UK Smart Ticketing – Mystery Shopper Project – Part 2
By Trevor Crotch-Harvey, 22.2.17
This is Part 2 of my blog post on the Mystery Shopper project on UK smart and mobile ticketing schemes during October – December 2016.
- Ticket products offered on cards are not what passengers want
One of the biggest discoveries of the project was how unattractive many of the ticket products offered on cards were. Very few operators offered a day pass/ticket that could be loaded onto a card ahead of time, removing the need to carry/offer cash. (This is a perceived benefit of smart ticketing frequently cited in Transport Focus reports.) An exception to this was the Avon Day Rider product, but even this appeared unknown in its home market.
In city after city, the minimum product that could be loaded onto a card off bus was a weekly pass. And there is a disconnect between products. In one instance I wasn’t able to use the stored value I’d purchased on a card to load a day pass onto the same card – at the authority’s own travel office in a major station! Apparently, the only way to achieve this was to present the card to a tram conductor, who issued me with a scrappy little paper ticket. No wonder people aren’t using cards!
- PayPoint and Payzone have a long way to go
Most major cities in the UK have come to an arrangement with PayPoint or Payzone or both, to provide ticket loading facilities on local travel smart cards. On the face of it, this is a good idea, adding at a stroke dozens of outlets where passengers can reload travel rights. I wanted to test how well this is working in practice.
The result was disappointing. Both schemes provide maps on their websites showing outlets with their terminals. However, I found one outlet which no longer had a terminal, and one outlet for each scheme which had a terminal but did not top up cards. I had to be super motivated to keep going to find an outlet which offered top ups – I’m not sure regular passengers would feel the same. One outlet which did load stored value for me told me I was the first person to ask for this on over a year, and staff had not been shown what to do. Only one outlet of five I tried said they got a number of requests to top up cards. For this good idea to be worthwhile, the two schemes need to focus on a much slicker implementation.
- Contactless is embryonic
I only found one instance of a bus operator outside London accepting contactless bank cards as a means of payment – the 36 service operated by the Harrogate Bus Company (owned by Transdev) between Leeds and Ripon. This implementation is the retail model, with a separate payment terminal, not the TfL model, where a contactless card can be presented to an Oyster reader. I saw one person use it. Bus operators are making announcements about their intention to roll out contactless, prompted by the government – it will be interesting to see how this is done and what the reaction of the travelling public will be.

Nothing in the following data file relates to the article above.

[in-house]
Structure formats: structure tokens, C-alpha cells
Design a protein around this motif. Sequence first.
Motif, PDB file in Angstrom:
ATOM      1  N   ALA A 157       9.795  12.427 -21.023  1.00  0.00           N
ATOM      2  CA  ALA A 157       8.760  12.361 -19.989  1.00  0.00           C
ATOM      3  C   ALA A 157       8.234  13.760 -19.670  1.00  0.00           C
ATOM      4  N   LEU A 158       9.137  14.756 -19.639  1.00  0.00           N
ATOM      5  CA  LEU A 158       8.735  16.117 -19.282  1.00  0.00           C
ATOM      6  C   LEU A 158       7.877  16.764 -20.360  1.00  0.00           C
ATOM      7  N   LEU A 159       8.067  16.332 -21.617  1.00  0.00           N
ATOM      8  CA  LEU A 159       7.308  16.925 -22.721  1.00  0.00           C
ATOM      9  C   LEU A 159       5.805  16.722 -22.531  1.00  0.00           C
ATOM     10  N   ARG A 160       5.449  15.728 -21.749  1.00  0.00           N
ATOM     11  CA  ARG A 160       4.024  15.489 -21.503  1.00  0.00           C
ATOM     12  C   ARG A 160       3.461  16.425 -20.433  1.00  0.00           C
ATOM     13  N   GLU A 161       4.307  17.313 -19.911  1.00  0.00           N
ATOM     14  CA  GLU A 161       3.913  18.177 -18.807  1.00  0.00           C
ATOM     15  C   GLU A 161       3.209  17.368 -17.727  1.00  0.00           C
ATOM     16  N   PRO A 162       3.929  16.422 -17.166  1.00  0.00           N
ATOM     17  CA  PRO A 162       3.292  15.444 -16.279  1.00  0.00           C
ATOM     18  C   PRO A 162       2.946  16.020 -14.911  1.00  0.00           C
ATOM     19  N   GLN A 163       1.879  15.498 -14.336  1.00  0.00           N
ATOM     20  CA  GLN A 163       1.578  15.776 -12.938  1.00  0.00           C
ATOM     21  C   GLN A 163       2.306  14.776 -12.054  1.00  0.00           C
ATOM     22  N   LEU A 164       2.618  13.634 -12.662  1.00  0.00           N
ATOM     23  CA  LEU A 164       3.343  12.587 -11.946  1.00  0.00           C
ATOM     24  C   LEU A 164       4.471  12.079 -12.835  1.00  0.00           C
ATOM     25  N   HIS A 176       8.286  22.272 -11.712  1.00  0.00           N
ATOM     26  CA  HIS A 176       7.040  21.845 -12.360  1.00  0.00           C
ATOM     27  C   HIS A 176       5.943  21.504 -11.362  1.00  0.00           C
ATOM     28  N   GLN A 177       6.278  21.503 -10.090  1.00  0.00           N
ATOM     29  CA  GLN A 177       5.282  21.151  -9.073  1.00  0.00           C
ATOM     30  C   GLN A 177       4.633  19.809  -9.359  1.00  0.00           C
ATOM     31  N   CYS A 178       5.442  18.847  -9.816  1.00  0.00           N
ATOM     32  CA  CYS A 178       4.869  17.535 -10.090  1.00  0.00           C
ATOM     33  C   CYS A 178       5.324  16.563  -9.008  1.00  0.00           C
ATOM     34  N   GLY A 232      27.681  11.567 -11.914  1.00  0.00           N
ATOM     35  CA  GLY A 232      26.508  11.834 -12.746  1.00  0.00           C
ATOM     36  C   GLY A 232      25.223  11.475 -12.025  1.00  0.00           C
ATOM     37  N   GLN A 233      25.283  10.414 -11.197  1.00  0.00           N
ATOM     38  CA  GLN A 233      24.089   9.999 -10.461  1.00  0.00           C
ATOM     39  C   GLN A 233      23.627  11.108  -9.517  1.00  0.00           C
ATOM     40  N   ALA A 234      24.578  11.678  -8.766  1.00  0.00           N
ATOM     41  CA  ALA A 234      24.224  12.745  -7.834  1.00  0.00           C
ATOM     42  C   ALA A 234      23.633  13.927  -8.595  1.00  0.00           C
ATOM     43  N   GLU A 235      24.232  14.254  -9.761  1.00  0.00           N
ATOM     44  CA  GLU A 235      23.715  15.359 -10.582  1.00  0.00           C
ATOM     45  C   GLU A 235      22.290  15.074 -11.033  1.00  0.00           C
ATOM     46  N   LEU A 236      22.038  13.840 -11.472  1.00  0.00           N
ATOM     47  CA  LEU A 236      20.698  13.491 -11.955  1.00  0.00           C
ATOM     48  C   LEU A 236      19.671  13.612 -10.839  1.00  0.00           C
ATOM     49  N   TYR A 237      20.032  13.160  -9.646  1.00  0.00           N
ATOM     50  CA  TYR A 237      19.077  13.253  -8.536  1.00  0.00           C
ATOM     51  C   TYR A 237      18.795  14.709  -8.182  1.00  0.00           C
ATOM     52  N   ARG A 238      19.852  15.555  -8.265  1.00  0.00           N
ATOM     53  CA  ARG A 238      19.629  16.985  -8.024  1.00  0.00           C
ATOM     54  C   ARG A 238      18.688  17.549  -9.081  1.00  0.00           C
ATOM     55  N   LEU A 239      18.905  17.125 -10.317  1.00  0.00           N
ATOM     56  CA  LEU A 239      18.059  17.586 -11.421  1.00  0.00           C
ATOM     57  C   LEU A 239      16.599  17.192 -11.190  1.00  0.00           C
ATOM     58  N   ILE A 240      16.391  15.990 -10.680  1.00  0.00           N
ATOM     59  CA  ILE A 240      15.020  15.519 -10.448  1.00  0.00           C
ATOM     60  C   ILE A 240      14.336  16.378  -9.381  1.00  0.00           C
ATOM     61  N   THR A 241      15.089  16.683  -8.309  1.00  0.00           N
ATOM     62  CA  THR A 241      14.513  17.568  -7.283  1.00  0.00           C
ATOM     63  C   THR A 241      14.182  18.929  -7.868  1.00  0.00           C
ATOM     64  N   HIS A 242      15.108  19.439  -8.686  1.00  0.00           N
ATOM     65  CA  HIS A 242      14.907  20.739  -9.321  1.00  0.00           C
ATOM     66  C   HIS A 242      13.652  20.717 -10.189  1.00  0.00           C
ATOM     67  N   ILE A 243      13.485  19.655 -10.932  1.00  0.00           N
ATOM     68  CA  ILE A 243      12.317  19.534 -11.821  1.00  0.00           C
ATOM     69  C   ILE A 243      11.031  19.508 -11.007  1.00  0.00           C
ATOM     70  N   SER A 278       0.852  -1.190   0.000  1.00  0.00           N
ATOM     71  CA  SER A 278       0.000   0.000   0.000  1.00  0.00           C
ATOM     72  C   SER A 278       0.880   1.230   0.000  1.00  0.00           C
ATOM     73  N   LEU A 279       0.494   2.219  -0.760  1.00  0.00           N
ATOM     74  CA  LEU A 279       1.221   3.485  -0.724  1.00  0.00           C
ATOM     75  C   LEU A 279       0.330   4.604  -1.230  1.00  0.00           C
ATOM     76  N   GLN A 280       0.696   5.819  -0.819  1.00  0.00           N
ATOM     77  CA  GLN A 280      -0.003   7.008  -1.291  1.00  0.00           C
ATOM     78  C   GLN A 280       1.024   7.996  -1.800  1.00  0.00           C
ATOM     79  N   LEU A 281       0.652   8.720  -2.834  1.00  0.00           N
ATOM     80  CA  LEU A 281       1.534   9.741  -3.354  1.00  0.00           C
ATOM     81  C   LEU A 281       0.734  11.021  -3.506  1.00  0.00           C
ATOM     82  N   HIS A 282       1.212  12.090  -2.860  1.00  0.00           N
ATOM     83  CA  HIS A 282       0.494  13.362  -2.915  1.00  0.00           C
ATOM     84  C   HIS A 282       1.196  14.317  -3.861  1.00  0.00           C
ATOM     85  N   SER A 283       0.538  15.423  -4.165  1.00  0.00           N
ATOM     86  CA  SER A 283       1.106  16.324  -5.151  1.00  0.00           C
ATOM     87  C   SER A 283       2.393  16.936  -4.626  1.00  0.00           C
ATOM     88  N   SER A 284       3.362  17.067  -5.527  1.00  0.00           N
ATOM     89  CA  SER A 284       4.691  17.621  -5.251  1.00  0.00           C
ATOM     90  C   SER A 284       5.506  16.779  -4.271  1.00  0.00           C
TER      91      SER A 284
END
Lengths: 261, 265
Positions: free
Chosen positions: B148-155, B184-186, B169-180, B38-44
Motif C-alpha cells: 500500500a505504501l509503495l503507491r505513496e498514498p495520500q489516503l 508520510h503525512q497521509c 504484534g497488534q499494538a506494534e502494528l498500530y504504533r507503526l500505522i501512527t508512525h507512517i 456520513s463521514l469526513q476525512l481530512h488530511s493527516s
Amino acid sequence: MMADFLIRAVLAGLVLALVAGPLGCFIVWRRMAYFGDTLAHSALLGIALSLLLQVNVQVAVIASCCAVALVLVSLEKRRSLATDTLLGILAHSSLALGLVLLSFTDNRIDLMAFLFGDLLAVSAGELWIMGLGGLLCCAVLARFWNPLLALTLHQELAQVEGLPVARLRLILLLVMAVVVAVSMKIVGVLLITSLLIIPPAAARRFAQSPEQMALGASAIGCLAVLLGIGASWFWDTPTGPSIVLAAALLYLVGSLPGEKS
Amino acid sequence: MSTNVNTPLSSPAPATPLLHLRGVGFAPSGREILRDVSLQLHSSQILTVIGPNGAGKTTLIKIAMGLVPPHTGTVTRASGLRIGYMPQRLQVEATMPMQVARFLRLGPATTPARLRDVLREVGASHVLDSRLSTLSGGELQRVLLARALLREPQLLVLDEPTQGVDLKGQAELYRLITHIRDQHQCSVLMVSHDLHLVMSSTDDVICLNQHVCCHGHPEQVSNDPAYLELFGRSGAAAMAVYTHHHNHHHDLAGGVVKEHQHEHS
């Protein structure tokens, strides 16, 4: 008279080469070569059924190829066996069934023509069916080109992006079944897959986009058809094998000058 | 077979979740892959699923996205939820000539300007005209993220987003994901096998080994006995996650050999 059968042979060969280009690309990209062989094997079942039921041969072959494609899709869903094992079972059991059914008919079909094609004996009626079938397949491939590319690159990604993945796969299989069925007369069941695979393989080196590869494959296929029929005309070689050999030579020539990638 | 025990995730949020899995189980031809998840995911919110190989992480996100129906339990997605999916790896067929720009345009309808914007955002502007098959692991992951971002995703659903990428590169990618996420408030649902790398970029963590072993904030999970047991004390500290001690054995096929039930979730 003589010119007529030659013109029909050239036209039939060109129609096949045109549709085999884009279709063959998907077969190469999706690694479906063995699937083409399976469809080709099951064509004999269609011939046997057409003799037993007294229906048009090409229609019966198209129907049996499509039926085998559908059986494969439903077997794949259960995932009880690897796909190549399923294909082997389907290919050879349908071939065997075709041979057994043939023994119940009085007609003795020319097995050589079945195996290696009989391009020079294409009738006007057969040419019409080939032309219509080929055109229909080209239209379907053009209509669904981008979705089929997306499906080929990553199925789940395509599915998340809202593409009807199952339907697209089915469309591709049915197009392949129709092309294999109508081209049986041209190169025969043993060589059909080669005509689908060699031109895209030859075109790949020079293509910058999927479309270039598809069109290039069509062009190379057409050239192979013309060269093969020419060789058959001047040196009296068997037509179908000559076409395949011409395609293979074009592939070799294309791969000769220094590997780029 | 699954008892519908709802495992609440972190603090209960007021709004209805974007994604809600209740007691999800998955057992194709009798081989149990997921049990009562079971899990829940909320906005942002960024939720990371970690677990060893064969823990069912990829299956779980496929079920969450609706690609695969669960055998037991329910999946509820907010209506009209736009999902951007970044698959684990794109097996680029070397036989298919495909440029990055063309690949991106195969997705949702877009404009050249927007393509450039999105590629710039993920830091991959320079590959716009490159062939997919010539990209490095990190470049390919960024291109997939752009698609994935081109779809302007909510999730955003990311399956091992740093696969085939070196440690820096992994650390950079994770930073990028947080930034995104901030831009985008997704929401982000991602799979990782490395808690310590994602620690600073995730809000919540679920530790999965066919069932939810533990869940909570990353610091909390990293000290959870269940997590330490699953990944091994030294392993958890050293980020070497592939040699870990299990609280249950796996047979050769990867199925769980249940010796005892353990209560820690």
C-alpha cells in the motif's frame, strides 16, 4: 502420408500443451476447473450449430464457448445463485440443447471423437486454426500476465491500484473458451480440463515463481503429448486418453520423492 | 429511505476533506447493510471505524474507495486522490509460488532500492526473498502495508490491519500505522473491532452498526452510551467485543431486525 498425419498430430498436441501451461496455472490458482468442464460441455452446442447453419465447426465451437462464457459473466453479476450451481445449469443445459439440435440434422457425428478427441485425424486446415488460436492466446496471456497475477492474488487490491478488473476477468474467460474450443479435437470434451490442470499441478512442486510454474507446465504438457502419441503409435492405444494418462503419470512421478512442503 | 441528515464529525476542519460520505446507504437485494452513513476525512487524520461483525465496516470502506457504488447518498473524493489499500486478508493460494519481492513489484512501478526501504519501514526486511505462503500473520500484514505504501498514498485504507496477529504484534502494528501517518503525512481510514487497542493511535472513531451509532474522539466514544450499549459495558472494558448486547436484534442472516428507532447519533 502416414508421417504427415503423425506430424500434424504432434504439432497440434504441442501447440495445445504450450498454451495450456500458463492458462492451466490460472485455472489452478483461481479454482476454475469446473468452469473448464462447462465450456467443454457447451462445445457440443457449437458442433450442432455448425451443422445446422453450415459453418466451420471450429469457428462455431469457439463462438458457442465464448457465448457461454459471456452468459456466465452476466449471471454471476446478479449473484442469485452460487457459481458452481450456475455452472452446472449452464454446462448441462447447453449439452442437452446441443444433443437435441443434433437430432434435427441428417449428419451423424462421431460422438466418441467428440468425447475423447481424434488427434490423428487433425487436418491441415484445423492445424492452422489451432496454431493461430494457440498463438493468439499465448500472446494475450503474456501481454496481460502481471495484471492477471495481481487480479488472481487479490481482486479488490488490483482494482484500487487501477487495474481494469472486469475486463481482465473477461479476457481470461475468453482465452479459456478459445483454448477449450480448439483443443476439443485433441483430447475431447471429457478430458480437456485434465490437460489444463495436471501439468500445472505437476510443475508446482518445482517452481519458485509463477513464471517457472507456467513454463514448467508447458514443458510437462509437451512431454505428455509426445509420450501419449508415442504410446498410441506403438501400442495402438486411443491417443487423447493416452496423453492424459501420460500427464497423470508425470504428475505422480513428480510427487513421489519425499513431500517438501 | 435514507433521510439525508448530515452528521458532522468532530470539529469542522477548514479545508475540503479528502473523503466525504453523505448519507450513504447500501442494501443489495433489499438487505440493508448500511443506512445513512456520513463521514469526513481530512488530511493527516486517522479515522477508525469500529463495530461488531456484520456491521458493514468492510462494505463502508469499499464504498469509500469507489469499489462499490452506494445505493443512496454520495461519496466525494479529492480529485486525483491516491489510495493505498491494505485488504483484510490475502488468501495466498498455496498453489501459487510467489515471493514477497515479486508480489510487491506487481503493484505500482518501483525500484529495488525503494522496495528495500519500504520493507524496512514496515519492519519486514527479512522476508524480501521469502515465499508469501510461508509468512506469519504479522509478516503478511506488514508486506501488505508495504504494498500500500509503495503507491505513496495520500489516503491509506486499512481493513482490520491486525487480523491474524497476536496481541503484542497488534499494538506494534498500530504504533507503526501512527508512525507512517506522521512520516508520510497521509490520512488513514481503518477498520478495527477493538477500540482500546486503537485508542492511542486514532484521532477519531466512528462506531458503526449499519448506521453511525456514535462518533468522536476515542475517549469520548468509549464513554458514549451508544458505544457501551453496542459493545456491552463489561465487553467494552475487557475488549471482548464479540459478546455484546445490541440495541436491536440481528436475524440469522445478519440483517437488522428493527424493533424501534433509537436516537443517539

- Scotland is getting its act together
I found Scotland more integrated and interoperable than England, albeit it has a much more manageable scale. Scotrail cards are interoperable with Bramble, so can be used on the Glasgow subway. I also bought a rail ticket online, which was downloaded onto my Scotrail card when I tapped a reader at a station gate. Also in Glasgow, the First app works perfectly, allowing me, as a visitor, to purchase tickets/passes ahead of time and not have to worry about buying tickets.
However, there is no multi modal interoperability (between bus and subway) in Glasgow, but there is in Edinburgh (between bus and tram), although the latter is not ITSO.
- ENCTS is a lifeline
As an aside, I was struck by the common use of ENCTS cards outside morning peak hours. It appeared to me the use of these cards was a lifeline to elderly passengers, who were getting out and about when they might not otherwise.
I did observe a confusing difference in the way some operators have implemented ENCTS. Most do not issue a ticket to the passenger, but a few do. Where the operator was isolated, this wasn’t an issue. But in one city operators issuing tickets were in close proximity to others not issuing tickets. This confused many passengers and the floor of the bus was littered with unclaimed tickets. Is this so difficult to standardise?
- Fenbrook Gold Star
I like the Rambus ecebs card checker app – this is a useful, clear and user friendly way of checking what ticket products and stored value balances are held on cards. I also like the First app. These get Fenbrook bronze stars.
I like the Pop scheme in Tyne & Wear. I was able to load stored value onto the purple Pop card at Newcastle station, and then use it on the Metro, bus, and Shields ferry. The bus transactions were cash replacement, but the Metro had a daily cap of £4.60. Pop gets the Fenbrook Silver Star.
But the Fenbrook Gold Star goes to Nottingham’s Robin Hood card. I loaded stored value at a street TVM, and could use it on every bus and tram operators’ services. All trips were flat fare, so it was a simple tap for each journey, with no need to interact with the driver. And there was a daily multi modal cap of £4 – great value, very convenient, and efficient for the operator!
Let me know if you have any questions or comments about these experiences. You can call us or contact us through the Fenbrook website if you want to discuss any of this further: www.fenbrook.com, or use the Contact Form from this website.
Fenbrook Consulting advises businesses about the commercial opportunities and technical requirements of Smart Ticketing and Near Field Communications